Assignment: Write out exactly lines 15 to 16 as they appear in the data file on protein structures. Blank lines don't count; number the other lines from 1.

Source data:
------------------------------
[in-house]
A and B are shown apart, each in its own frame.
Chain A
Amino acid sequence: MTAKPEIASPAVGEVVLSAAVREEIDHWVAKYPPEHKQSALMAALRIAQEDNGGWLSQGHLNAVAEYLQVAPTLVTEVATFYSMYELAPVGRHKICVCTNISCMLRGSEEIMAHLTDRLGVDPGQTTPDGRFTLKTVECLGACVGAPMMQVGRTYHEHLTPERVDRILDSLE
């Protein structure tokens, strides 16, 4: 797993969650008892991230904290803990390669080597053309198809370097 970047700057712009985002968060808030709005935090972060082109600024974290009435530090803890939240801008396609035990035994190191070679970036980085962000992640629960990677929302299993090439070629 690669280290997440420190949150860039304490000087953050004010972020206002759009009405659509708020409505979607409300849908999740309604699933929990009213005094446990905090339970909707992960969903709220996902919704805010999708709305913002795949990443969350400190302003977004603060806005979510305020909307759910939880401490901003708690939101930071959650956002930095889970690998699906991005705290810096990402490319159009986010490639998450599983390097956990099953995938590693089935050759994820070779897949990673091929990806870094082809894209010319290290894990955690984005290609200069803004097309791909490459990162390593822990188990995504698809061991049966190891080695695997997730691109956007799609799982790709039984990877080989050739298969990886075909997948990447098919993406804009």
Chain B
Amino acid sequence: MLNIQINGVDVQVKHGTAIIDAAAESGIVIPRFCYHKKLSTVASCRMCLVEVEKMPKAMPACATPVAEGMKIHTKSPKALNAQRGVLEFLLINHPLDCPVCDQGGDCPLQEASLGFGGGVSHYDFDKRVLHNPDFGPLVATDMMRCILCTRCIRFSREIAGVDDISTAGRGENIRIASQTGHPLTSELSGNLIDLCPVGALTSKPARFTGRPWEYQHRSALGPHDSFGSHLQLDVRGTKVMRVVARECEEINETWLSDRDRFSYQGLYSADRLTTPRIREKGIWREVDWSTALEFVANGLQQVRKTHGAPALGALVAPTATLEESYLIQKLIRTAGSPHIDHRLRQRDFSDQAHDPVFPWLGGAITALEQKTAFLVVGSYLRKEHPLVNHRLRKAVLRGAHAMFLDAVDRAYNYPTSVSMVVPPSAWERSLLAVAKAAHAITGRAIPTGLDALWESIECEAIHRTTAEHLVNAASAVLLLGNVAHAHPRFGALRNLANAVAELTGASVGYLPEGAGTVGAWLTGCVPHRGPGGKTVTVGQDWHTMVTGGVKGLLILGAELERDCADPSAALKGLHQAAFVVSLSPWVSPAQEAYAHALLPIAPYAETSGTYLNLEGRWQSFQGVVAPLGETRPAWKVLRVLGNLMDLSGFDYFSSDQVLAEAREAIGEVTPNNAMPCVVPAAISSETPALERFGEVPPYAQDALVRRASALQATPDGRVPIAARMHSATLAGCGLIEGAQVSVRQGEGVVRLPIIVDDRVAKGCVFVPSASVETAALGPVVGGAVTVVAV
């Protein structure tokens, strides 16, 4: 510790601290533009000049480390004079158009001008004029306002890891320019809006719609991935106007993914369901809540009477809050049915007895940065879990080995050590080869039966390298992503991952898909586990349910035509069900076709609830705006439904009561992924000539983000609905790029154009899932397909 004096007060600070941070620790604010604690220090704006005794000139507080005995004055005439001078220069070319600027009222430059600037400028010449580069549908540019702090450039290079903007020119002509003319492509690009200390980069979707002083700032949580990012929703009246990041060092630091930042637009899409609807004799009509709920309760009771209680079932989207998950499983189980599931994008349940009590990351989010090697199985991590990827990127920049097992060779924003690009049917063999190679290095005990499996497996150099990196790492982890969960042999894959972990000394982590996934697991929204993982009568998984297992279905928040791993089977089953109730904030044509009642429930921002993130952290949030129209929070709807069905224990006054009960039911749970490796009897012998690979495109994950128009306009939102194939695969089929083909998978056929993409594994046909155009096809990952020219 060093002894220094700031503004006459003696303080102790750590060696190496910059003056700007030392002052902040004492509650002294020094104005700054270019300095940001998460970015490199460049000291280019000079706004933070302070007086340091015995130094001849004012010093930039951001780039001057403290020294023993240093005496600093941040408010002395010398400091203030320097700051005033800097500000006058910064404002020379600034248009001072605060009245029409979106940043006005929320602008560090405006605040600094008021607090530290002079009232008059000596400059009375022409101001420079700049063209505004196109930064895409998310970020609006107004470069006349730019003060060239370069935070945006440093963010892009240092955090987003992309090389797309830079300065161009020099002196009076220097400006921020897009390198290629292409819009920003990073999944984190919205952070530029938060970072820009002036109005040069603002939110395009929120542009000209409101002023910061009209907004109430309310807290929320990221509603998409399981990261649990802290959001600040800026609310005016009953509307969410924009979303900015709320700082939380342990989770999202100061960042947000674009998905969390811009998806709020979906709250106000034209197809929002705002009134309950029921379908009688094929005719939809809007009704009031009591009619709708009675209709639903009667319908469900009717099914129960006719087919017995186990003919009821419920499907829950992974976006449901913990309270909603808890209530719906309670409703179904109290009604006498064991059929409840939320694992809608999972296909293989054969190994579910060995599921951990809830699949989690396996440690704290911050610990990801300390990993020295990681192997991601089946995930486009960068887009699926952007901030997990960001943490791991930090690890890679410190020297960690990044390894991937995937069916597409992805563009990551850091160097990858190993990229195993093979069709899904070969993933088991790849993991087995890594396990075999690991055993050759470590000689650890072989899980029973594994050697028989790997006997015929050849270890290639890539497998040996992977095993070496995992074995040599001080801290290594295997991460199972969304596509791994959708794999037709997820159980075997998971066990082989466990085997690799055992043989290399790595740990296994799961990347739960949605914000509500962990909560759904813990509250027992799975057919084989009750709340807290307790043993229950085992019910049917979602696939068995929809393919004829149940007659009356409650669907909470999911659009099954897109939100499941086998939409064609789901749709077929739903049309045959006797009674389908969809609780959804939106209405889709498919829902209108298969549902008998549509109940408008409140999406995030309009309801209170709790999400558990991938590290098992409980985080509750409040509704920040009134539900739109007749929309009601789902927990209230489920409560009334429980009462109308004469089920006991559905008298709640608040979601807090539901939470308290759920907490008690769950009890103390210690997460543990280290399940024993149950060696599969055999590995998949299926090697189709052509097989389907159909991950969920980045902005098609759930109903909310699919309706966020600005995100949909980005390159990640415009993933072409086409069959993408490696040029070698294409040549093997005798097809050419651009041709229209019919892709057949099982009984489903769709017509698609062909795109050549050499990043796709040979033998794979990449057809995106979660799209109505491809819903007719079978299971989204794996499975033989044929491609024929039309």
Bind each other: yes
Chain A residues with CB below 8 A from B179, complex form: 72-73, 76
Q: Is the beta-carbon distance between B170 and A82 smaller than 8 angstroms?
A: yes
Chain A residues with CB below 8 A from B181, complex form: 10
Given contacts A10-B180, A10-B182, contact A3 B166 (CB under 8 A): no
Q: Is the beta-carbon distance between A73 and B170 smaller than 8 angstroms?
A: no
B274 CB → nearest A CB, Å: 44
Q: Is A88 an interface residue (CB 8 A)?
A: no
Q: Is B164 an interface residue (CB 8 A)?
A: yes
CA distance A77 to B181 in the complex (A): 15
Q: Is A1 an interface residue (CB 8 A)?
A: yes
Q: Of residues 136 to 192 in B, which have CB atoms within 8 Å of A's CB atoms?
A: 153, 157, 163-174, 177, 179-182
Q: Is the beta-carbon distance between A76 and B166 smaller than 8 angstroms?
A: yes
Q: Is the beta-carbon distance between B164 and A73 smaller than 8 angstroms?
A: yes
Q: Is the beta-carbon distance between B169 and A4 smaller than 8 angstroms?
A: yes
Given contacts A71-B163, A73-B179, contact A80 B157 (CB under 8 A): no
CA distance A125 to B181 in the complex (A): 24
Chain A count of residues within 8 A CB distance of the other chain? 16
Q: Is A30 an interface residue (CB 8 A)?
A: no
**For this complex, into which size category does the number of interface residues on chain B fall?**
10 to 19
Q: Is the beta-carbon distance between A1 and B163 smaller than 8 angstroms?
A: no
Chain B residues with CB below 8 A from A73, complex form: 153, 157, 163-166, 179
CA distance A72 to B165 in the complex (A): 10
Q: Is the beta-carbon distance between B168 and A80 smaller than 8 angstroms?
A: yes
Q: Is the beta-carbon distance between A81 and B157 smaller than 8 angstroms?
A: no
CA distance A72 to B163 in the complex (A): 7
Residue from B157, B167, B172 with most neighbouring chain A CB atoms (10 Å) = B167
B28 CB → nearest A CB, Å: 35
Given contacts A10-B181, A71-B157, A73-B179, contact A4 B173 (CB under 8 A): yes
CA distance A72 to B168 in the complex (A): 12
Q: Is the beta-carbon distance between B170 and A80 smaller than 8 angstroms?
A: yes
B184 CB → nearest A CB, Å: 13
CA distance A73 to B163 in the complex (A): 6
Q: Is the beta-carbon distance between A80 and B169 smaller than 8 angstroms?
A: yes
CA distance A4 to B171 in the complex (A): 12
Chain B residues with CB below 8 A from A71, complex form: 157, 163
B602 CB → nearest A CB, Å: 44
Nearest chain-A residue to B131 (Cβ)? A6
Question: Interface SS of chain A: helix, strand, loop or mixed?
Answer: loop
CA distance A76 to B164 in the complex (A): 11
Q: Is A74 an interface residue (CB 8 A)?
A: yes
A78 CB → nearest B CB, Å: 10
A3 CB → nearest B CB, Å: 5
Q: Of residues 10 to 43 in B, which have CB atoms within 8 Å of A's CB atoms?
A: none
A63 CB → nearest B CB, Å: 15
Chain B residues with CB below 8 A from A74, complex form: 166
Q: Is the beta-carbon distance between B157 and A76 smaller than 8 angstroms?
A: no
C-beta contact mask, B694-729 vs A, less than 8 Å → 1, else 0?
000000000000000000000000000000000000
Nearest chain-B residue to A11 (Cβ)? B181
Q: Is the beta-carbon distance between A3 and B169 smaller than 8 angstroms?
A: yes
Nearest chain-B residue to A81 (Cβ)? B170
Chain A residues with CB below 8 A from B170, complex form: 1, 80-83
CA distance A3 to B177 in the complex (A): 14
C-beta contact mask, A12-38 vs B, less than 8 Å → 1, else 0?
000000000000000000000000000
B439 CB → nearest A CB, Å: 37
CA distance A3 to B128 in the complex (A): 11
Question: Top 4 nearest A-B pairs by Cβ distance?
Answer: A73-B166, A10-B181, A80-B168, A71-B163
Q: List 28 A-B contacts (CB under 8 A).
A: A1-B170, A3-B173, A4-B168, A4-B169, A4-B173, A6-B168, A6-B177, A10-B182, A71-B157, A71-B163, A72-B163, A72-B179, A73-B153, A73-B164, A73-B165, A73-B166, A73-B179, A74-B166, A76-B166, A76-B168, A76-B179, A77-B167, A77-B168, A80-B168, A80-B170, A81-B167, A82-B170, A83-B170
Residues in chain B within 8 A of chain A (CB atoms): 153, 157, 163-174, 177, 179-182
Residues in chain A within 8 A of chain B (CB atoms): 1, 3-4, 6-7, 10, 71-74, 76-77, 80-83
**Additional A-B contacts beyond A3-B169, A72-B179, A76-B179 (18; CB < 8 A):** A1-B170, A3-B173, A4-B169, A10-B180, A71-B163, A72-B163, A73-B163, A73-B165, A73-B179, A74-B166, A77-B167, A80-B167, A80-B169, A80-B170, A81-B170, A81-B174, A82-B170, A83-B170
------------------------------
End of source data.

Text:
Q: Is the beta-carbon distance between A73 and B170 smaller than 8 angstroms?
A: no